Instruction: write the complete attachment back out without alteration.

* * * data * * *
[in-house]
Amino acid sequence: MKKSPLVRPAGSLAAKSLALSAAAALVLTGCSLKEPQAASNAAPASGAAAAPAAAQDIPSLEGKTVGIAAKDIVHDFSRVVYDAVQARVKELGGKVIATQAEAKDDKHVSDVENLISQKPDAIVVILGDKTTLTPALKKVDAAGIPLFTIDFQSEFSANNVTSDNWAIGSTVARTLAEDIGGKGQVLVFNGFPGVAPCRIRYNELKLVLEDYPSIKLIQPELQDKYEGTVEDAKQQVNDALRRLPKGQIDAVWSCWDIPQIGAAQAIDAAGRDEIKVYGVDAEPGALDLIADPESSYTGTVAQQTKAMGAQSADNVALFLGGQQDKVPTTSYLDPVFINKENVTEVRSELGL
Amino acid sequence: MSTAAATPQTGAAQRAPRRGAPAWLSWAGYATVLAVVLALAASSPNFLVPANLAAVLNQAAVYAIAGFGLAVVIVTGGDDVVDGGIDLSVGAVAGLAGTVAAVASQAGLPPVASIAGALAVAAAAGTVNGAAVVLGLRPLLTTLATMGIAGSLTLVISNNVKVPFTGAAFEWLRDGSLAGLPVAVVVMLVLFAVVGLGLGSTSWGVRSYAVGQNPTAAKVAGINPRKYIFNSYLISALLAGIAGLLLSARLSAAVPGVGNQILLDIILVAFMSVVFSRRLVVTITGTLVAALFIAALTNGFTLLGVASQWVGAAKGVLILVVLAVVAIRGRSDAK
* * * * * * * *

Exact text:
[in-house]
Amino acid sequence: MKKSPLVRPAGSLAAKSLALSAAAALVLTGCSLKEPQAASNAAPASGAAAAPAAAQDIPSLEGKTVGIAAKDIVHDFSRVVYDAVQARVKELGGKVIATQAEAKDDKHVSDVENLISQKPDAIVVILGDKTTLTPALKKVDAAGIPLFTIDFQSEFSANNVTSDNWAIGSTVARTLAEDIGGKGQVLVFNGFPGVAPCRIRYNELKLVLEDYPSIKLIQPELQDKYEGTVEDAKQQVNDALRRLPKGQIDAVWSCWDIPQIGAAQAIDAAGRDEIKVYGVDAEPGALDLIADPESSYTGTVAQQTKAMGAQSADNVALFLGGQQDKVPTTSYLDPVFINKENVTEVRSELGL
Amino acid sequence: MSTAAATPQTGAAQRAPRRGAPAWLSWAGYATVLAVVLALAASSPNFLVPANLAAVLNQAAVYAIAGFGLAVVIVTGGDDVVDGGIDLSVGAVAGLAGTVAAVASQAGLPPVASIAGALAVAAAAGTVNGAAVVLGLRPLLTTLATMGIAGSLTLVISNNVKVPFTGAAFEWLRDGSLAGLPVAVVVMLVLFAVVGLGLGSTSWGVRSYAVGQNPTAAKVAGINPRKYIFNSYLISALLAGIAGLLLSARLSAAVPGVGNQILLDIILVAFMSVVFSRRLVVTITGTLVAALFIAALTNGFTLLGVASQWVGAAKGVLILVVLAVVAIRGRSDAK